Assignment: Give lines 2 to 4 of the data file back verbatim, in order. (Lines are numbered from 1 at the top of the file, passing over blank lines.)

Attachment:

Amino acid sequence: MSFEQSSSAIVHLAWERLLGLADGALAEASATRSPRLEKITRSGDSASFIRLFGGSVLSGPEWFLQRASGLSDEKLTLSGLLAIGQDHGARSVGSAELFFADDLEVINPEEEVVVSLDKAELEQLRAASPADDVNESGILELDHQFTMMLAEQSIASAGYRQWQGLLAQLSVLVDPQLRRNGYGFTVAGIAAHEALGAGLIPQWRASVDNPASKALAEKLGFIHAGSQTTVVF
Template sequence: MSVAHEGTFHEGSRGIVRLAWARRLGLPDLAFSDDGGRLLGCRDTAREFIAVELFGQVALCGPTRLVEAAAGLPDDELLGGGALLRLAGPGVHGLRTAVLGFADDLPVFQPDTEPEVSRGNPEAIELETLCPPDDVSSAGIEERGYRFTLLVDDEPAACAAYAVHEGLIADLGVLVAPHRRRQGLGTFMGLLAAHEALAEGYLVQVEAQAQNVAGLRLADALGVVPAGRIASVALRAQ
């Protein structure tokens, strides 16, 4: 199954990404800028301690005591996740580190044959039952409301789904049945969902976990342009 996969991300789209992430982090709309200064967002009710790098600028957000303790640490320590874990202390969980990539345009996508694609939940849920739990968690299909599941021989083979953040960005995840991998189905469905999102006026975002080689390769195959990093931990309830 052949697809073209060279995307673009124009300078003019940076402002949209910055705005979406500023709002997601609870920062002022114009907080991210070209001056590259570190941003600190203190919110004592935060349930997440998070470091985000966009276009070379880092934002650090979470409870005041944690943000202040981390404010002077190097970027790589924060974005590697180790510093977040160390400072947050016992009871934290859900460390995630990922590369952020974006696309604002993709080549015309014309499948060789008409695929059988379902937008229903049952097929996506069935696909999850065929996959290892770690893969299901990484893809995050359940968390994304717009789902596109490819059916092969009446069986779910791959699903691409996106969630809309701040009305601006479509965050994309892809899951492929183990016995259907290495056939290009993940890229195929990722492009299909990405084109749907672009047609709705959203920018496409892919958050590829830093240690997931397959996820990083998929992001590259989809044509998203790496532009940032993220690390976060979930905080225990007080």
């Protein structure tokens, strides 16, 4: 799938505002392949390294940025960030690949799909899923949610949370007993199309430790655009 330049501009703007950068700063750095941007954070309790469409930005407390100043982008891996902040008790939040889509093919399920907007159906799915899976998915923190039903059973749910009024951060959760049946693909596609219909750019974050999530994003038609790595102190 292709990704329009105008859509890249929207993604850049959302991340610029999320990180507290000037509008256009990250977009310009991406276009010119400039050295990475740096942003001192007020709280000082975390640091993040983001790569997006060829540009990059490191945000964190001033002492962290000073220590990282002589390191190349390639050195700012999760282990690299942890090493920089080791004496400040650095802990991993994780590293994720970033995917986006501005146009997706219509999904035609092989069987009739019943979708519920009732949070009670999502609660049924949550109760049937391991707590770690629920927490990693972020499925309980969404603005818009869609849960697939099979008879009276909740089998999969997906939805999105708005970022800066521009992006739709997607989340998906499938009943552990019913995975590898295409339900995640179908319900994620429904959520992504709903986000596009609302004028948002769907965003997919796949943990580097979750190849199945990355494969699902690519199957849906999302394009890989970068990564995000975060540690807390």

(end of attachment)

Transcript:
Template sequence: MSVAHEGTFHEGSRGIVRLAWARRLGLPDLAFSDDGGRLLGCRDTAREFIAVELFGQVALCGPTRLVEAAAGLPDDELLGGGALLRLAGPGVHGLRTAVLGFADDLPVFQPDTEPEVSRGNPEAIELETLCPPDDVSSAGIEERGYRFTLLVDDEPAACAAYAVHEGLIADLGVLVAPHRRRQGLGTFMGLLAAHEALAEGYLVQVEAQAQNVAGLRLADALGVVPAGRIASVALRAQ
């Protein structure tokens, strides 16, 4: 199954990404800028301690005591996740580190044959039952409301789904049945969902976990342009 996969991300789209992430982090709309200064967002009710790098600028957000303790640490320590874990202390969980990539345009996508694609939940849920739990968690299909599941021989083979953040960005995840991998189905469905999102006026975002080689390769195959990093931990309830 052949697809073209060279995307673009124009300078003019940076402002949209910055705005979406500023709002997601609870920062002022114009907080991210070209001056590259570190941003600190203190919110004592935060349930997440998070470091985000966009276009070379880092934002650090979470409870005041944690943000202040981390404010002077190097970027790589924060974005590697180790510093977040160390400072947050016992009871934290859900460390995630990922590369952020974006696309604002993709080549015309014309499948060789008409695929059988379902937008229903049952097929996506069935696909999850065929996959290892770690893969299901990484893809995050359940968390994304717009789902596109490819059916092969009446069986779910791959699903691409996106969630809309701040009305601006479509965050994309892809899951492929183990016995259907290495056939290009993940890229195929990722492009299909990405084109749907672009047609709705959203920018496409892919958050590829830093240690997931397959996820990083998929992001590259989809044509998203790496532009940032993220690390976060979930905080225990007080």
């Protein structure tokens, strides 16, 4: 799938505002392949390294940025960030690949799909899923949610949370007993199309430790655009 330049501009703007950068700063750095941007954070309790469409930005407390100043982008891996902040008790939040889509093919399920907007159906799915899976998915923190039903059973749910009024951060959760049946693909596609219909750019974050999530994003038609790595102190 292709990704329009105008859509890249929207993604850049959302991340610029999320990180507290000037509008256009990250977009310009991406276009010119400039050295990475740096942003001192007020709280000082975390640091993040983001790569997006060829540009990059490191945000964190001033002492962290000073220590990282002589390191190349390639050195700012999760282990690299942890090493920089080791004496400040650095802990991993994780590293994720970033995917986006501005146009997706219509999904035609092989069987009739019943979708519920009732949070009670999502609660049924949550109760049937391991707590770690629920927490990693972020499925309980969404603005818009869609849960697939099979008879009276909740089998999969997906939805999105708005970022800066521009992006739709997607989340998906499938009943552990019913995975590898295409339900995640179908319900994620429904959520992504709903986000596009609302004028948002769907965003997919796949943990580097979750190849199945990355494969699902690519199957849906999302394009890989970068990564995000975060540690807390």